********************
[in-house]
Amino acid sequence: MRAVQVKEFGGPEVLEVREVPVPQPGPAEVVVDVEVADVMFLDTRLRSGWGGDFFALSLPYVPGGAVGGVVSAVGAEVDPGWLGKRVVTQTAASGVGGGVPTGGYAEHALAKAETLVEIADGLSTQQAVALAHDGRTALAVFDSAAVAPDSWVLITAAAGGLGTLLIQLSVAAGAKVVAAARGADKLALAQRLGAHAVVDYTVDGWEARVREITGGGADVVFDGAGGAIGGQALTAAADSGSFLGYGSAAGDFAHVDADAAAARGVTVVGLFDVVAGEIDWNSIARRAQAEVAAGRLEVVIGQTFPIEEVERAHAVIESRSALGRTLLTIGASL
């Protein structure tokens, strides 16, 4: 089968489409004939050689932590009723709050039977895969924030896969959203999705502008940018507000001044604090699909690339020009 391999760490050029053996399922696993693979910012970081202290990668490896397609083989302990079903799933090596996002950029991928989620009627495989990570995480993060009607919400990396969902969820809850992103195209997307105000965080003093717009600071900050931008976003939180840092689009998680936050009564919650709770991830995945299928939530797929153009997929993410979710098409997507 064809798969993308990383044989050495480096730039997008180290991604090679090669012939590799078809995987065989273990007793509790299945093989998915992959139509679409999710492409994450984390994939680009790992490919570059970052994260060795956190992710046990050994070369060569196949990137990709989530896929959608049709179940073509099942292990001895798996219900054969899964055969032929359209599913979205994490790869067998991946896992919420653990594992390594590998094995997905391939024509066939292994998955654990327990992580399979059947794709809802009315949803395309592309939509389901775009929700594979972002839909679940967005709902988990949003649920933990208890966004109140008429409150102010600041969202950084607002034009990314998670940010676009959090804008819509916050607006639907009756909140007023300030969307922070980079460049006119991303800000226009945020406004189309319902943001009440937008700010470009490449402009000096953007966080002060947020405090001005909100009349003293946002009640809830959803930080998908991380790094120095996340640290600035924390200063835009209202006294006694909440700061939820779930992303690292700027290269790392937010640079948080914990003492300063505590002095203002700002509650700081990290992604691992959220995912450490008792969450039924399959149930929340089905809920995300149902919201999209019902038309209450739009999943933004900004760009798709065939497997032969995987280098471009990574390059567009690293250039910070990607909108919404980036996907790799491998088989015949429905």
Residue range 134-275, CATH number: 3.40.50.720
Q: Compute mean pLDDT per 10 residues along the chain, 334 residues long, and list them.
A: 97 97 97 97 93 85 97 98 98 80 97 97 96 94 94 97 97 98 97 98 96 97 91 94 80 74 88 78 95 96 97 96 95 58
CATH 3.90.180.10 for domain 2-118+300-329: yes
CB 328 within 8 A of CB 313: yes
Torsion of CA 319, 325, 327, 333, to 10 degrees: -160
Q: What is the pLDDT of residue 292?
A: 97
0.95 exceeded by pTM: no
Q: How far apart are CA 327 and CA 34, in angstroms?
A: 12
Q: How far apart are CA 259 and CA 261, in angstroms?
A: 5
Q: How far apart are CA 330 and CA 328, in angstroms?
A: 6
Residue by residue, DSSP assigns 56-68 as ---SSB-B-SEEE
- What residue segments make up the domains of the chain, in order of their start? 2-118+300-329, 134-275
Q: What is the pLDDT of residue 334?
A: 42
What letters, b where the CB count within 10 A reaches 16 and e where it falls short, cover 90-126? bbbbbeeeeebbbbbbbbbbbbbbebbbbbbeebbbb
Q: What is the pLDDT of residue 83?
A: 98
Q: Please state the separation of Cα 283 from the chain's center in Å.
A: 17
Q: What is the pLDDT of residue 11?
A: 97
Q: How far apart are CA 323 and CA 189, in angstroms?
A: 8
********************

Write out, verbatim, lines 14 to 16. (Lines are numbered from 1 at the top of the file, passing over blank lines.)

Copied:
A: 12
Q: How far apart are CA 259 and CA 261, in angstroms?
A: 5